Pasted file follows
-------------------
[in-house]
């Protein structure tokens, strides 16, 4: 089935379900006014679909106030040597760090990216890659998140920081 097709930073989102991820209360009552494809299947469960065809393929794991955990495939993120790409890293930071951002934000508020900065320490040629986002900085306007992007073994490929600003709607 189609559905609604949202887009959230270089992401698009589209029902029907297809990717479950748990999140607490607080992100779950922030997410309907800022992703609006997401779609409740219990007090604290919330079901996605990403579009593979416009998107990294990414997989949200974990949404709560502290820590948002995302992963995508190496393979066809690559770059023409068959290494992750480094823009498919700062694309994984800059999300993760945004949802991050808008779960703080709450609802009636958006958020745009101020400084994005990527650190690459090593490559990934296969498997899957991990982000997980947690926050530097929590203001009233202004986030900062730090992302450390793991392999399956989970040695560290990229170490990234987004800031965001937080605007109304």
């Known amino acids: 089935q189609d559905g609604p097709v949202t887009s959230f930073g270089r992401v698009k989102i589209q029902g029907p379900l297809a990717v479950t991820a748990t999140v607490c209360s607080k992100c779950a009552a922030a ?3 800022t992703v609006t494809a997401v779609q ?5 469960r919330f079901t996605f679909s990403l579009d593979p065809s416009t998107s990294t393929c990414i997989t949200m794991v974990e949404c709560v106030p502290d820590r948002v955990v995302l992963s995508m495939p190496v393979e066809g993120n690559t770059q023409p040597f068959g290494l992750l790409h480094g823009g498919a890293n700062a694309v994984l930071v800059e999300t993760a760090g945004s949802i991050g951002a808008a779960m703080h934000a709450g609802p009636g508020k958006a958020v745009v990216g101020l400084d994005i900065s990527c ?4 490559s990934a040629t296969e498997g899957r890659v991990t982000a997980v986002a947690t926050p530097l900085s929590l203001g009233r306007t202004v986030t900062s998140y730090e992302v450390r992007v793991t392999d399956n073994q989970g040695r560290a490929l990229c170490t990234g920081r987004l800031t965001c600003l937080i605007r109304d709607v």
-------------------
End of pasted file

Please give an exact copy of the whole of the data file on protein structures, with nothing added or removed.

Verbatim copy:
[in-house]
């Protein structure tokens, strides 16, 4: 089935379900006014679909106030040597760090990216890659998140920081 097709930073989102991820209360009552494809299947469960065809393929794991955990495939993120790409890293930071951002934000508020900065320490040629986002900085306007992007073994490929600003709607 189609559905609604949202887009959230270089992401698009589209029902029907297809990717479950748990999140607490607080992100779950922030997410309907800022992703609006997401779609409740219990007090604290919330079901996605990403579009593979416009998107990294990414997989949200974990949404709560502290820590948002995302992963995508190496393979066809690559770059023409068959290494992750480094823009498919700062694309994984800059999300993760945004949802991050808008779960703080709450609802009636958006958020745009101020400084994005990527650190690459090593490559990934296969498997899957991990982000997980947690926050530097929590203001009233202004986030900062730090992302450390793991392999399956989970040695560290990229170490990234987004800031965001937080605007109304």
């Known amino acids: 089935q189609d559905g609604p097709v949202t887009s959230f930073g270089r992401v698009k989102i589209q029902g029907p379900l297809a990717v479950t991820a748990t999140v607490c209360s607080k992100c779950a009552a922030a ?3 800022t992703v609006t494809a997401v779609q ?5 469960r919330f079901t996605f679909s990403l579009d593979p065809s416009t998107s990294t393929c990414i997989t949200m794991v974990e949404c709560v106030p502290d820590r948002v955990v995302l992963s995508m495939p190496v393979e066809g993120n690559t770059q023409p040597f068959g290494l992750l790409h480094g823009g498919a890293n700062a694309v994984l930071v800059e999300t993760a760090g945004s949802i991050g951002a808008a779960m703080h934000a709450g609802p009636g508020k958006a958020v745009v990216g101020l400084d994005i900065s990527c ?4 490559s990934a040629t296969e498997g899957r890659v991990t982000a997980v986002a947690t926050p530097l900085s929590l203001g009233r306007t202004v986030t900062s998140y730090e992302v450390r992007v793991t392999d399956n073994q989970g040695r560290a490929l990229c170490t990234g920081r987004l800031t965001c600003l937080i605007r109304d709607v």